Morgan Awyong
by Morgan Awyong

You know how it feels when you see a price tag that says $3.90, but your head gladly refuses to acknowledge it’s really $4? Good luck trying that with your age.

When you’re 39, all you feel and get reminded about, is becoming 40. Facing that cusp of a milestone age - and all of its associated peer pressure - is Chen Jia-ling (Ying-Hsuan Hsieh). And gurrrllll, she’s feeling all of it, all at once.

A CATCHPLAY exclusive, The Making of an Ordinary Woman is a zany yet hard-hitting Taiwanese series that details the tribulations of an office lady, as she realises how little in life she has achieved even as she nears 40.

The rude wake-up call descends slowly upon her through the first episode, and so far, the series has met with acclaim. No doubt the show’s message of losing one’s life purpose and gaining it through self-discovery and empowerment is a theme that resonates greatly with its viewers, but add a nostalgic twist that sends us back to Tainan in the 1960s, and it further warms the cockles of our jaded hearts.

This throwback comes after Jialing attends the wedding of her first boyfriend. At the gathering of university mates, she not only endures the unbearable humble bragging and banal talk - formulaic and artificial to a fault - her ego gets further bruised when her unkempt ex is now a suited up gentleman complete with smart AND beautiful wife in tow.

This eventually sends Jialing into a tailspin, and after a drink too much, she ends up inebriated and reminisces in the cab, about how she ended up so far along with nothing in life.

As always, a family and one’s upbringing contributes to a lot to decisions - both good and bad - later in life. Jialing’s childhood in Tainan, performed with charm and sass by the talented Bella Wu, is everything we love and hate about family. Not only does a failed marriage proposal for her auntie send her granny in a tizzy, even local ghost stories revolve around vengeful spirits of unmarried women. If this doesn’t give a young girl a complex, I’m not sure what does.

Even with all the histrionics and theatrics, the Tainan family segment never loses its wacky humour. The caricatures are readily identifiable - the domineering matriarch, the obedient son, the hapless grandpa - but exaggerated sequences keep them lovable. I mean, how can anyone resist sage nuggets from grandma, such as when she berated the auntie for dropping the marriage proposal due to “incompatibility”. “The teeth often bites the tongue,” she says. “Being close means occasionally having clashes!”

In fact, the witty script keeps The Making of an Ordinary Woman from becoming overly sombre, and injects both humour and a good dose of practicality we all have heard before from a well-meaning friend or relative. Truthbombs land happily between conversations, like when her university friend claims that “a woman without a husband or job has no future”. When another friend sides Jia-ling and highlights her job as a chairman’s personal assistant, the former just candidly says that it is a role with no further career progression. Dang.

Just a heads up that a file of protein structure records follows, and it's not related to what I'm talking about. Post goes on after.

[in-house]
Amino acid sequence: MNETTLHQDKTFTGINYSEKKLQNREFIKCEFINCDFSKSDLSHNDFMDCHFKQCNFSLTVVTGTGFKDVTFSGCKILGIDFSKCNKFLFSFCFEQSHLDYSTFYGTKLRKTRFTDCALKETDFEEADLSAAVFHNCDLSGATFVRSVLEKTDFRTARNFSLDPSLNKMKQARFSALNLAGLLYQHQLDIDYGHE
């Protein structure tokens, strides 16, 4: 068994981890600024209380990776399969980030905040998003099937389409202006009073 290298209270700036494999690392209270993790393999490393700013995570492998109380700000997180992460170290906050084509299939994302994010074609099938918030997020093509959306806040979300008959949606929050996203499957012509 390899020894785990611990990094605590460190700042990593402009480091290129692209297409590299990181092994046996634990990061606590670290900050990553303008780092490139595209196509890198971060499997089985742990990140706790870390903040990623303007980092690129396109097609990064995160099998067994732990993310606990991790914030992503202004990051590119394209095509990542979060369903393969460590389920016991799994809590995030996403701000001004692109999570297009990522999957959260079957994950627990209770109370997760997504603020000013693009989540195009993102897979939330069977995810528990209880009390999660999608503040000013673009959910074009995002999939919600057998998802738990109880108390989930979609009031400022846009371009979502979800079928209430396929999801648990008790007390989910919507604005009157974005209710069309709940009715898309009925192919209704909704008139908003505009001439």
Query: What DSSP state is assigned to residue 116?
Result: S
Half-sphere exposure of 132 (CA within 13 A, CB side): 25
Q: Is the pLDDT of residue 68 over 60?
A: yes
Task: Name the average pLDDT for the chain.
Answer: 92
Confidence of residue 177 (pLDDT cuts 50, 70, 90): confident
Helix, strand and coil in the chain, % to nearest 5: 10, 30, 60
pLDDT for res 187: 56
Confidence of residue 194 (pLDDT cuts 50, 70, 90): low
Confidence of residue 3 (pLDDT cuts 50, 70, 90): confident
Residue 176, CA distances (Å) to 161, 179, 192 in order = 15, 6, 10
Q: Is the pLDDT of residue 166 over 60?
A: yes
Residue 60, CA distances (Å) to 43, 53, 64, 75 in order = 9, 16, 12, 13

The same friend also judges the drunken Jia-ling after she boards her cab. “A 20-year-old woman when drunk is cute (ke ai),” she starts. “But a 40-year-old woman when drunk is pathetic (ke lian).”

Harsh as it is, all of it is true. Witnessing Jia-ling’s world crumbling around her can give anyone anxiety, while sympathising with her situation. Her boss is a two-timing douche, and his wife obsessively smothers him through the obedient Jia-ling. Jia-ling has been dating yes, but for so long (four years) so that the guy is now more flat mate than boyfriend. Friendzoning woes.

As the 10-episode series slowly turns our lady from hapless to heroine, we stay riveted also due to the performances of the stellar cast. James Wen is Jiang Xian-rong, and perfects the clueless and sparkless boyfriend who needs no commitment. Others like Li-Yin Yang rules the screen as the tyrannical grandmother, while the long-suffering auntie is fulfilled by the graceful performance of Peggy Tseng.

While certain scenes go full-throttle slapstick and may not be everyone’s cup of tea, the majority of the comedy lands in the lighthearted observations and situational kind. I mean, with a truckload of awards from the ensemble, including two Golden Horse winners and six Golden Bell winners, you can be assured of an engaging performance throughout.

The same kind of keen detail goes also to the older sets of Tainan during the throwback. Even if the uniform is a little too crisp and the family’s Medicine Hall a little too neat, points still go to the all-too-familiar moments when props like a flattened uneaten bread tossed out from a school bag gains instant recognition from people of that generation.

The Making of an Ordinary Woman is anything but ordinary. This entertaining series couples realism and hard truths with a dose of idiosyncratic fun. It’s outrageous yet endearing, and if you should shed tears for our heroine, it’ll be one mixed with bitter sympathy and rib-tickling mirth.

The Making of an Ordinary Woman